Previous euphemisms for lying are now, to use one outdated word, inoperative. In the latest British lingo, to withhold the truth is to be "economical."
"Economical" has been enshrined in the Longman Register of New Words, among 1,200 words and phrases including "plonker," "loads-amoney," "bonk journalism" and "yah."All, according to Longman's editor, John Ayto, have insinuated themselves into the language of Chaucer, Shakespeare and Dickens since 1986.
"Economical" owes its new meaning to court cases involving "Spycatcher," the expose by former intelligence official Peter Wright that the government attempted to suppress.
In a court case in Australia over "Spycatcher," former British civil service head Sir Robert Armstrong admitted he had previously been "economical with the truth."
"Economical" thus has come to be euphemism for "deliberately withholding something from public knowledge," the Register said.
"Sexy" has been tamed, now meaning attractive, enjoyable or trendy, the Register said, but the language has found new ways to talk about the birds and the bees.
The press' infatuation with sex has produced the term "bonk journalism," defined in the Register as "journalism concerned with obtaining and printing accounts of the supposed sexual activities of well-known people."
"Plonker," the insult Del Boy constantly hurls at his younger brother in the British Broadcasting Corp. TV sitcom "Only Fools and Horses," has established itself as a synonym for a dimwitted and ineffectual person.
The Register regretfully chronicled a growing tendency, blamed on the former 13 colonies, to use nouns as verbs: "to nuke," a usage denounced as an "alarmingly cozy" euphemism for starting World War III; "to stiff," or fail in a commercial venture, and "to gender," or stereotypically associate something with men or women.
Several new words and phrases - the derogatory "dependency culture" and "learned helplessness" along with the approving "can do" - are owed to Prime Minister Margaret Thatcher.
She also is credited with reviving a term from her native Lincolnshire: "frit," meaning someone who is frightened.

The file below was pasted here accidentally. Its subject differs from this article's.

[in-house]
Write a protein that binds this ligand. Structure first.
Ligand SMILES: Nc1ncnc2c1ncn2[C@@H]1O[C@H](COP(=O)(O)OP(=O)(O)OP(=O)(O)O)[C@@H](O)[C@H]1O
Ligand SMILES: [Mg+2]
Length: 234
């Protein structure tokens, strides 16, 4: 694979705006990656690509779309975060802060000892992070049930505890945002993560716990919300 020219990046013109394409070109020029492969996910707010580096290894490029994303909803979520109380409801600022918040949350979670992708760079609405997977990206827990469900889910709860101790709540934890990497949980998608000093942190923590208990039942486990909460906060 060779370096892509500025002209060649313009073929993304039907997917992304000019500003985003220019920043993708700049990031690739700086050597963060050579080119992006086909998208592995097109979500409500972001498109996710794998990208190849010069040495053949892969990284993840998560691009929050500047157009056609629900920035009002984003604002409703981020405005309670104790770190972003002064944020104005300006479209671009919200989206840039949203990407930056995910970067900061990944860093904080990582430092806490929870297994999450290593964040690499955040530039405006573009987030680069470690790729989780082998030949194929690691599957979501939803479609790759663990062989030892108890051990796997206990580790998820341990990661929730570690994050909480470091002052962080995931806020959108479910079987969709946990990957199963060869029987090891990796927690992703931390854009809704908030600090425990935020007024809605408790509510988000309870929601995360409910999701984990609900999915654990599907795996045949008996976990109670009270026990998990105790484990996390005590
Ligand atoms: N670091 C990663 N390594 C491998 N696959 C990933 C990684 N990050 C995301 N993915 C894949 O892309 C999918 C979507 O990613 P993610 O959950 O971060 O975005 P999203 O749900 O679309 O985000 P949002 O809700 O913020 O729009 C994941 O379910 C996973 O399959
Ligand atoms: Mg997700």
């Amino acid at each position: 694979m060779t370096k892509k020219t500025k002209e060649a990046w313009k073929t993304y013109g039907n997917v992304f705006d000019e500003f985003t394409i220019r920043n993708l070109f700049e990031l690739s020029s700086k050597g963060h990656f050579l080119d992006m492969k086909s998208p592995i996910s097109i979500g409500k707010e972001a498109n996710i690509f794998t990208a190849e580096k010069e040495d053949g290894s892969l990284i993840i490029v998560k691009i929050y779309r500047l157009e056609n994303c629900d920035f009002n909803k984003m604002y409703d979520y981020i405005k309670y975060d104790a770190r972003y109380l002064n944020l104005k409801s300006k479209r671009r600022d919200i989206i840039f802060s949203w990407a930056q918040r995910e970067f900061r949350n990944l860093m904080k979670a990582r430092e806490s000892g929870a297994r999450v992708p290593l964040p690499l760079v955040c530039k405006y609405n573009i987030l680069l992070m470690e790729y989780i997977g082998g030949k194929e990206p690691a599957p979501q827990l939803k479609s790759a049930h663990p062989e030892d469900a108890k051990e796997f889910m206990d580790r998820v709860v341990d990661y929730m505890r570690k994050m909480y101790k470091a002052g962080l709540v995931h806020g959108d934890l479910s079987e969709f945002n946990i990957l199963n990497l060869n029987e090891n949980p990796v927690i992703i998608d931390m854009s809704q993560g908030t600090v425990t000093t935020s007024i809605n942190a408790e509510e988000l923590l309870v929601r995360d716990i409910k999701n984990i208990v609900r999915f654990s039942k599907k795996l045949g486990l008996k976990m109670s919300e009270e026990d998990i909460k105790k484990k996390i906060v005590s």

One of her wealthy supporters in the financial world is now said to be "well-wedged," a real "loadsamoney."
"Loadsamoney (noun), British informal: extensive and conspicuous wealth," the Register defines. The word comes from a comedian, Harry "Loadsamoney" Enfield, who portrays a grotesque, cash-waving character, and launched the term on its way from cabaret through the House of Commons and into the vernacular.
In the wallet of a loadsamoney one might find an "Archer," or 2,000 pounds ($3,700), a sum that figured prominently in a 1987 libel suit won by novelist and former Conservative Party chairman Jeffrey Archer against a newspaper.
A loadsamoney plonker who is soon parted from his Archers is to be pitied as a "lombard" - "loads of money but a real dunce," or words to that effect.
Yuppie tendencies in the political opposition are now disparaged as "Ramada socialism," a term credited to Labor Party lawmaker Dennis Skinner to describe in luxury-hotel terms the "bourgeoisification of the Labor Party."
To which the yuppie might concur, "Yah," which is described as "the nasal bray of the Sloane." That refers to the fashionable west London turf around Sloane Square, where smart young things were known years ago as "Sloane Rangers."
The Longman Register of New Words will be published Jan. 9.